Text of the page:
If such a connection is to be exposed to particularly high stresses, it may be advantageous to provide a through axial borehole 11 in the dome 1, and to provide a screw together with a corresponding nut and a washer in this axial borehole 11. FIG. 5 schematically illustrates such an exemplary embodiment in a greatly simplified manner. In the right portion of FIG. 5, a screw 27 is inserted through the dome 1 according to the invention or the axial borehole 11 thereof, a washer 29 is placed thereon, and a nut 31 is screwed on. The washer 29 has a circumferential collar 30 which ensures that the washer 29 rests on the second component 15 and not on the end 9 of the dome 1. In this exemplary embodiment, a connection capable of bearing extreme load is securely and reliably possible, even with difficult material configurations/material pairings, and no contact corrosion occurs at the screw 27 and nut 31.

FIG. 6 illustrates another exemplary embodiment of an assembly unit according to the invention and the method according to the invention, in which the holes 17 and 19 have different diameters. Accordingly, the dome 1 has a stepped design. The diameter of a shoulder 33 of the shank 3 is matched to the diameter of the hole 17 in the first component, while the other portion of the shank 3 is matched to the diameter of the hole 19 in the second component. It is thus possible, for example, to enlarge the joining surface 23. It is self-evident that this embodiment functions when the first component is made of a fiber-reinforced composite or a metallic material.

FIG. 7 schematically illustrates possible time sequences of the method according to the invention in diagram form. Time is plotted on the abscissa.

A first line 35 qualitatively represents the change over time of the axial force exerted on the dome 1.

A second line 37 qualitatively represents the change over time of the rotation speed of the dome 1.

The various method steps are indicated by the numbers I, II, and III corresponding to FIG. 4.

Claims

1. A method for joining at least two components (13, 15), wherein at least one component (13) is made of a fiber-reinforced plastic, comprising joining the at least two components (13, 15) to establish a form-fit connection by setting a dome (1) made of a filled plastic, preferably glass fiber-reinforced polyamide or polypropylene, in rotation, oscillation, and/or a circular motion and inserting it into the components (13, 15) to be connected by applying an axial force.

2. The method according to claim 1, wherein at least one of the components (13, 15) to be joined is punched prior to the joining.

3. The method according to claim 1, wherein the rotation, oscillation, and/or circular motion of the dome (1) are/is ended and the dome (1) is subsequently pressed in the axial direction against the components (13, 15) to be connected.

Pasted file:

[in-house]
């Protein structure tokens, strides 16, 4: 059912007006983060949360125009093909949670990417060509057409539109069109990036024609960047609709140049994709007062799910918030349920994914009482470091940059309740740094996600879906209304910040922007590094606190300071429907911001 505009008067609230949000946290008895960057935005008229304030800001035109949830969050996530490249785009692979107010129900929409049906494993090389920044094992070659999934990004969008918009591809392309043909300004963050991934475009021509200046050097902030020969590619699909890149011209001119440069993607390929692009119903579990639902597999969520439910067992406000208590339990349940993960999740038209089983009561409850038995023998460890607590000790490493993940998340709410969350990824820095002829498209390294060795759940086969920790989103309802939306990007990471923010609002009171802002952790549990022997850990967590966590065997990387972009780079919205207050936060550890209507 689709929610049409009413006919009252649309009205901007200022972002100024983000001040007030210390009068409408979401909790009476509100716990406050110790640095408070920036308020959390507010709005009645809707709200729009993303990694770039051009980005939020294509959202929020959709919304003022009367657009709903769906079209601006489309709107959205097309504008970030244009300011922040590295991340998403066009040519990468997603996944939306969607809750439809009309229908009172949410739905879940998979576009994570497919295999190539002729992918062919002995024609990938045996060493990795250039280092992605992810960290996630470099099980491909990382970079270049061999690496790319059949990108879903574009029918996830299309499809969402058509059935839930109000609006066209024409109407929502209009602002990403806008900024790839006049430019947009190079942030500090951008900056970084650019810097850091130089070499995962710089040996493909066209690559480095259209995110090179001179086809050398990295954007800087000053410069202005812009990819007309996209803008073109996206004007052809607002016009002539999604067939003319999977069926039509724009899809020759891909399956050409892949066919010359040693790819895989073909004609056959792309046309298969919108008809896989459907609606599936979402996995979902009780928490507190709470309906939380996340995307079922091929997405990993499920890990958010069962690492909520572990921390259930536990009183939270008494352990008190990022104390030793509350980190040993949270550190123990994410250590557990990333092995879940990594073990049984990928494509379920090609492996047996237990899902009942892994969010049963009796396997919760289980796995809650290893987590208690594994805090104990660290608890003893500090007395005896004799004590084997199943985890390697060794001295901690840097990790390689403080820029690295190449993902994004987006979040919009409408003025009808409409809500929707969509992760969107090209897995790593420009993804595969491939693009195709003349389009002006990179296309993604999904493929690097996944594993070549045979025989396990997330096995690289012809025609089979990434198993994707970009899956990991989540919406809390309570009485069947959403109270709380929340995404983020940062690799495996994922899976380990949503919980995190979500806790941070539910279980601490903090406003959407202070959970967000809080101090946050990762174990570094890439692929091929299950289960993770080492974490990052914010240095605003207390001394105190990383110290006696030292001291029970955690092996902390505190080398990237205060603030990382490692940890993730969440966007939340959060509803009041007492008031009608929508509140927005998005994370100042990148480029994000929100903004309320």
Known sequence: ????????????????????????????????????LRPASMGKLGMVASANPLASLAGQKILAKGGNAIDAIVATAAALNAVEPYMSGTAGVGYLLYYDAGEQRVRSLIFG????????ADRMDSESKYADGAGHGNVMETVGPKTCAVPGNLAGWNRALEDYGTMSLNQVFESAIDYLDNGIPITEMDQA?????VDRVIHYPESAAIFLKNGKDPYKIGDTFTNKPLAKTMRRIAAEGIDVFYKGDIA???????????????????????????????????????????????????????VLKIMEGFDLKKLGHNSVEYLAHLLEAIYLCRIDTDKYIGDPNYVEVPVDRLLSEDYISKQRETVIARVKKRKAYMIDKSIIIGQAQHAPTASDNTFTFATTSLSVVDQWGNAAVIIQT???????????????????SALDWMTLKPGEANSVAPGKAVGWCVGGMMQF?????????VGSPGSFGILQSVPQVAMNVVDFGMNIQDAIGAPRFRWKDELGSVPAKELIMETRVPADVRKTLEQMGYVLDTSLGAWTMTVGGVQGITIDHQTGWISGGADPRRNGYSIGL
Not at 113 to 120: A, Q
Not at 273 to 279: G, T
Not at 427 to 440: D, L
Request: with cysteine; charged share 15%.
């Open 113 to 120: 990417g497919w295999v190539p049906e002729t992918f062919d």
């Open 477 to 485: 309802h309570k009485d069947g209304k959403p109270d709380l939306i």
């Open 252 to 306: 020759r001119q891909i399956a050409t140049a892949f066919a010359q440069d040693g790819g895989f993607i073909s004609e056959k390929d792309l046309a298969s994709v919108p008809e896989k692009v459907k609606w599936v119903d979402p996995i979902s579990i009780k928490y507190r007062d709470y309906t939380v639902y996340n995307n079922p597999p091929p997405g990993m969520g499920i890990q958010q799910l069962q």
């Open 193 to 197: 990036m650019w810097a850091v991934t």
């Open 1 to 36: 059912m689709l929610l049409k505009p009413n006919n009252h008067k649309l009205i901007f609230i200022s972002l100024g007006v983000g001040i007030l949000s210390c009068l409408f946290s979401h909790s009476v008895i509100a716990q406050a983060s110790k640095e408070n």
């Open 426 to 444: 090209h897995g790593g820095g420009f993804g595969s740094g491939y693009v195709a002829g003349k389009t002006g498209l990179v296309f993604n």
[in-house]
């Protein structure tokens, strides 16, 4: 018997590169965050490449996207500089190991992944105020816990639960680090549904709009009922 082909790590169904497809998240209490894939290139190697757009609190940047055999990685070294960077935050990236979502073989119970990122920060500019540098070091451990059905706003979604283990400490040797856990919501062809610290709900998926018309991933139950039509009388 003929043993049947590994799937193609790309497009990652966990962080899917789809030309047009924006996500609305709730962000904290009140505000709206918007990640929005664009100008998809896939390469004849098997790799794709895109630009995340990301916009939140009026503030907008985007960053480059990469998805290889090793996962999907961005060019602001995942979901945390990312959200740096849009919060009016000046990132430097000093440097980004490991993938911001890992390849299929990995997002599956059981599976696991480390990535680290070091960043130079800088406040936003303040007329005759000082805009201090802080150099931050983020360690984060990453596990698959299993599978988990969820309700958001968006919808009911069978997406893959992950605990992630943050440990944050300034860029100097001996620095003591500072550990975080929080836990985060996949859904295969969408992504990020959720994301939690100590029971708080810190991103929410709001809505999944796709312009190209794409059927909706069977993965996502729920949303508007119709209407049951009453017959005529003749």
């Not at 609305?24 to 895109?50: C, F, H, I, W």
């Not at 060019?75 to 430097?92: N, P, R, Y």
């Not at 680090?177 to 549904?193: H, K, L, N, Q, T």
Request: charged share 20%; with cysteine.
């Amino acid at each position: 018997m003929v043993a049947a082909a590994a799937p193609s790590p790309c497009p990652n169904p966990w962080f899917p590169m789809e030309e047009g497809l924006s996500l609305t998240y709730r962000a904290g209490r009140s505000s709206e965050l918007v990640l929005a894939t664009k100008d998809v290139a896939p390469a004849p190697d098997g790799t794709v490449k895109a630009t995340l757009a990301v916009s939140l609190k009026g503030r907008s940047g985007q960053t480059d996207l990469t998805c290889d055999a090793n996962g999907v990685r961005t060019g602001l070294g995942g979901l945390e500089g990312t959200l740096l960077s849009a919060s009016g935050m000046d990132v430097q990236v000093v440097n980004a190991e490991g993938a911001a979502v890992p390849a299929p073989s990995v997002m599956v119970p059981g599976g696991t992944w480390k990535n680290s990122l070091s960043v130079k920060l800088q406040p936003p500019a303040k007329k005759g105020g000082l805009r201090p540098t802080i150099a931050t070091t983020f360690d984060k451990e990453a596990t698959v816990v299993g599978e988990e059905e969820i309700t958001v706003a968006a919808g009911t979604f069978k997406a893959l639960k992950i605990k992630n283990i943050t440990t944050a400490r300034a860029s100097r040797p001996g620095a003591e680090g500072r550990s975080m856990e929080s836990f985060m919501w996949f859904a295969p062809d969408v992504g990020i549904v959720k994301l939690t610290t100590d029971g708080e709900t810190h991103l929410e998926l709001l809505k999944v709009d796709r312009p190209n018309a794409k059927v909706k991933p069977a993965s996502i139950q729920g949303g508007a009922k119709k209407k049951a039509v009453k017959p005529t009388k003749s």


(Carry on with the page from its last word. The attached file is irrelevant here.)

4. The method according to claim 1, wherein the rotation speed, the material of the dome (1), the material fill at the dome (1), the duration of the joining operation (II), and/or the duration of the pressing operation (III) are/is selected as a function of the components (13, 15) to be connected.

5. A dome (1) for connecting at least two components, wherein the dome (1) is made at least partially of a thermoplastic plastic and the dome (1) has a head (5), and wherein the dome (1) is made of a filled plastic, preferably glass fiber-reinforced polyamide or polypropylene, wherein the dome (1) is designed for carrying out the method of claim 1.

6. The dome (1) according to claim 5, wherein the head (5) of the dome (1) is designed for accommodation in a drive device and/or for transmitting torques.

7. The dome (1) according to claim 5, wherein the dome (1) has a central axial borehole (11).

8. The dome (1) according to claim 5, wherein the dome (1) has a shank, preferably a truncated conical shank (3).

9. The dome (1) according to claim 5, wherein the diameter (D1) of the shank (3) at its end facing away from the head (5) is essentially equal to the diameter of the holes (17, 19) in the components (13, 15) to be connected.

10. The dome (1) according to claim 5, wherein the proportion of filler in the dome (1) is 10 to 50% by weight, particularly preferably 30% by weight.

11. An assembly unit comprising at least two components (13, 15), wherein at least one component (15) is made of a fiber-reinforced plastic, wherein the at least two components (13, 15) are joined by one or more domes (1) made of a filled plastic, preferably glass fiber-reinforced polyamide or polypropylene, using a method according to claim 1.

12. The assembly unit according to claim 11, wherein at least the component (13) that is situated facing away from the head (5) of the dome (1) is made of a fiber-reinforced plastic.

13. The assembly unit according to claim 11, wherein the fiber-reinforced plastic contains a thermoplastic or thermosetting matrix and/or fibers made of carbon, glass, and/or aramid.

Patent History
Publication number: 20170015049
Type: Application
Filed: Mar 5, 2015
Publication Date: Jan 19, 2017
Inventor: Dieter Kittel (Bad Laasphe)
Application Number: 15/124,104
Classifications
International Classification: B29C 65/06 (20060101); F16B 5/04 (20060101); B29C 65/00 (20060101); F16B 5/08 (20060101); B29C 65/56 (20060101); B29C 65/64 (20060101);